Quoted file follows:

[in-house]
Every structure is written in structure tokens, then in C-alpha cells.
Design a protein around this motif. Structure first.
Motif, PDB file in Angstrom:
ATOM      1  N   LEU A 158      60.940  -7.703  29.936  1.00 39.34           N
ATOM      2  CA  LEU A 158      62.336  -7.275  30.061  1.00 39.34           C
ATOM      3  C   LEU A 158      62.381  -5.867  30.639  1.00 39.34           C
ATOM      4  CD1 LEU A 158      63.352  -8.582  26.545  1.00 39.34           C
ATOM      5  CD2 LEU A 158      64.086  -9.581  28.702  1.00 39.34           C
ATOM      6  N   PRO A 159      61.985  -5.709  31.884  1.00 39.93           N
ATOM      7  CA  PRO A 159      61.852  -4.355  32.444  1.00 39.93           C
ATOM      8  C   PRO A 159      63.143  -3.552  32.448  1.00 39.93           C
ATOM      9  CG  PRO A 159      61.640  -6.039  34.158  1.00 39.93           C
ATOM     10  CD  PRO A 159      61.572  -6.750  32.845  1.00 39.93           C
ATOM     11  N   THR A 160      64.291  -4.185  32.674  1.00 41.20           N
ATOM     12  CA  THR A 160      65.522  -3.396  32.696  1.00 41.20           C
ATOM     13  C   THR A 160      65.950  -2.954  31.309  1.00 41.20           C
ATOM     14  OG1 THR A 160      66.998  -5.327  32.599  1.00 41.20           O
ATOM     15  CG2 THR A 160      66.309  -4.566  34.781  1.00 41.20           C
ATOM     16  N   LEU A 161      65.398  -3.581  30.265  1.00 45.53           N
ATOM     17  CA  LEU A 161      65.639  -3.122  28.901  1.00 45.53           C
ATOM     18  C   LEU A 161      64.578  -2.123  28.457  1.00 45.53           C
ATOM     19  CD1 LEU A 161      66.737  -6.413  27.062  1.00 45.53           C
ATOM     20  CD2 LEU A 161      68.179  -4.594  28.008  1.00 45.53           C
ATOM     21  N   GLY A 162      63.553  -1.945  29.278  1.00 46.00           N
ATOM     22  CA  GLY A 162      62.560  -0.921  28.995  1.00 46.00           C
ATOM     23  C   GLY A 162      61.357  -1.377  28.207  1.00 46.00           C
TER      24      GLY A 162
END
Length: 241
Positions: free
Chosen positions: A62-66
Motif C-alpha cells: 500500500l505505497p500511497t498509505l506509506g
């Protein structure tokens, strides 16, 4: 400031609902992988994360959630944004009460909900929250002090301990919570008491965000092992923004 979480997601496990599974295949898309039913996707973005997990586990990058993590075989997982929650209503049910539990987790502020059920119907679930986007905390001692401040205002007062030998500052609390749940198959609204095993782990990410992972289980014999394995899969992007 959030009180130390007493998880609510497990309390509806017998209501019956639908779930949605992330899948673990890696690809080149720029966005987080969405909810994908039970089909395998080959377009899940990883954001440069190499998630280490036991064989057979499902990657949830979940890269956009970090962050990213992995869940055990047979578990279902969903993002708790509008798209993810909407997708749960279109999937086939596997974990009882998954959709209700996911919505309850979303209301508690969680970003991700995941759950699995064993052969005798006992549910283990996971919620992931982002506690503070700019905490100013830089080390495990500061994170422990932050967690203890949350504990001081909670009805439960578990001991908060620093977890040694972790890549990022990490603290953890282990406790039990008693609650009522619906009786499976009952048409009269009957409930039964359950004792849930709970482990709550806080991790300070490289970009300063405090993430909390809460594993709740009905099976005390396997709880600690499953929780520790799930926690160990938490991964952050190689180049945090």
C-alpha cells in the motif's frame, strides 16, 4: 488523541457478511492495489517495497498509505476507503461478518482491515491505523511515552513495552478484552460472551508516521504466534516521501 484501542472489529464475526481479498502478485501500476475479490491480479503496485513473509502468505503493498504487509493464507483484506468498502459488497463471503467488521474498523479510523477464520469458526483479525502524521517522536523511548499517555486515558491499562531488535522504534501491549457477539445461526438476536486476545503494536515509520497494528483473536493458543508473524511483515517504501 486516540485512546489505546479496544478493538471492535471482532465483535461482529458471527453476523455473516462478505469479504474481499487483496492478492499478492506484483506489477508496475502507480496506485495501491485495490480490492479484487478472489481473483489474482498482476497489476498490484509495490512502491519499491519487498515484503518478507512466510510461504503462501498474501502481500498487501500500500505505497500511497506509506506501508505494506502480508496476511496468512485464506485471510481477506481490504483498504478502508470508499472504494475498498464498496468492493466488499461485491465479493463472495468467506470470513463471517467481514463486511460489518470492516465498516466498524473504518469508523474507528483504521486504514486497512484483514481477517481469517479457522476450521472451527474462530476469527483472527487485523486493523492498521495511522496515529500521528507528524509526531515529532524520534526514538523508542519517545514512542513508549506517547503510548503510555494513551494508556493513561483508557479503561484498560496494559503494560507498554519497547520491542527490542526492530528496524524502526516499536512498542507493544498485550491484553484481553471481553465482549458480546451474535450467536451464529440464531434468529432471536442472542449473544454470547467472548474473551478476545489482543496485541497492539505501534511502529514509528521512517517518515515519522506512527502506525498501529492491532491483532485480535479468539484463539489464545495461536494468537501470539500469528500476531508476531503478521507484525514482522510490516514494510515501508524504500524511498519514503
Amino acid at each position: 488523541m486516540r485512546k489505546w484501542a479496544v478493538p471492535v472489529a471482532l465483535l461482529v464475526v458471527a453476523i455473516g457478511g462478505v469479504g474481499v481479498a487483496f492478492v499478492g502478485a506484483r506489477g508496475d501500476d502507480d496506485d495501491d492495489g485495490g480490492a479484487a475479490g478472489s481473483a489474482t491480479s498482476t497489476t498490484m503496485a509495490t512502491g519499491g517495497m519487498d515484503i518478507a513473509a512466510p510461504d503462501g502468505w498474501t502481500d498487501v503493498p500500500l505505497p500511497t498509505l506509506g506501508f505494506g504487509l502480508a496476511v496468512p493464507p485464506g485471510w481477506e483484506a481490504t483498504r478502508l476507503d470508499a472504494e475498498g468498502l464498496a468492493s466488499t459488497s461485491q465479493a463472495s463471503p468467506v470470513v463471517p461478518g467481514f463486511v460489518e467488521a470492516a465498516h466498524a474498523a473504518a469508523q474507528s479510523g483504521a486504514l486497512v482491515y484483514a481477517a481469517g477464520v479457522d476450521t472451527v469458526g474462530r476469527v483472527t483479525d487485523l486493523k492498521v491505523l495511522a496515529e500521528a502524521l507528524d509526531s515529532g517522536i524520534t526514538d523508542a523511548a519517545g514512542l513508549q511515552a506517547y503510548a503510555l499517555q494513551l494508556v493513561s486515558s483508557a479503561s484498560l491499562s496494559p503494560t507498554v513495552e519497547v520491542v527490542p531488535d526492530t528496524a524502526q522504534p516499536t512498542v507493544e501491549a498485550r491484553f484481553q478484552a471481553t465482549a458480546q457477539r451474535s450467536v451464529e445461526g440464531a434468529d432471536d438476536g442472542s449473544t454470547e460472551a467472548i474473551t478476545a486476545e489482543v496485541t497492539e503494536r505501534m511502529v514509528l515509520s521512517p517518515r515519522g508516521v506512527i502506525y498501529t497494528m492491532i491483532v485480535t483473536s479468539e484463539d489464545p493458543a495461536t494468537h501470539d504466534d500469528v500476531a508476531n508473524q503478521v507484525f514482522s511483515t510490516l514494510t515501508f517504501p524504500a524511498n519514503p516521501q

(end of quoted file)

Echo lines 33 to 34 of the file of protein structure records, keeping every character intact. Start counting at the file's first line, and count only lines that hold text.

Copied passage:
Motif C-alpha cells: 500500500l505505497p500511497t498509505l506509506g
């Protein structure tokens, strides 16, 4: 400031609902992988994360959630944004009460909900929250002090301990919570008491965000092992923004 979480997601496990599974295949898309039913996707973005997990586990990058993590075989997982929650209503049910539990987790502020059920119907679930986007905390001692401040205002007062030998500052609390749940198959609204095993782990990410992972289980014999394995899969992007 959030009180130390007493998880609510497990309390509806017998209501019956639908779930949605992330899948673990890696690809080149720029966005987080969405909810994908039970089909395998080959377009899940990883954001440069190499998630280490036991064989057979499902990657949830979940890269956009970090962050990213992995869940055990047979578990279902969903993002708790509008798209993810909407997708749960279109999937086939596997974990009882998954959709209700996911919505309850979303209301508690969680970003991700995941759950699995064993052969005798006992549910283990996971919620992931982002506690503070700019905490100013830089080390495990500061994170422990932050967690203890949350504990001081909670009805439960578990001991908060620093977890040694972790890549990022990490603290953890282990406790039990008693609650009522619906009786499976009952048409009269009957409930039964359950004792849930709970482990709550806080991790300070490289970009300063405090993430909390809460594993709740009905099976005390396997709880600690499953929780520790799930926690160990938490991964952050190689180049945090």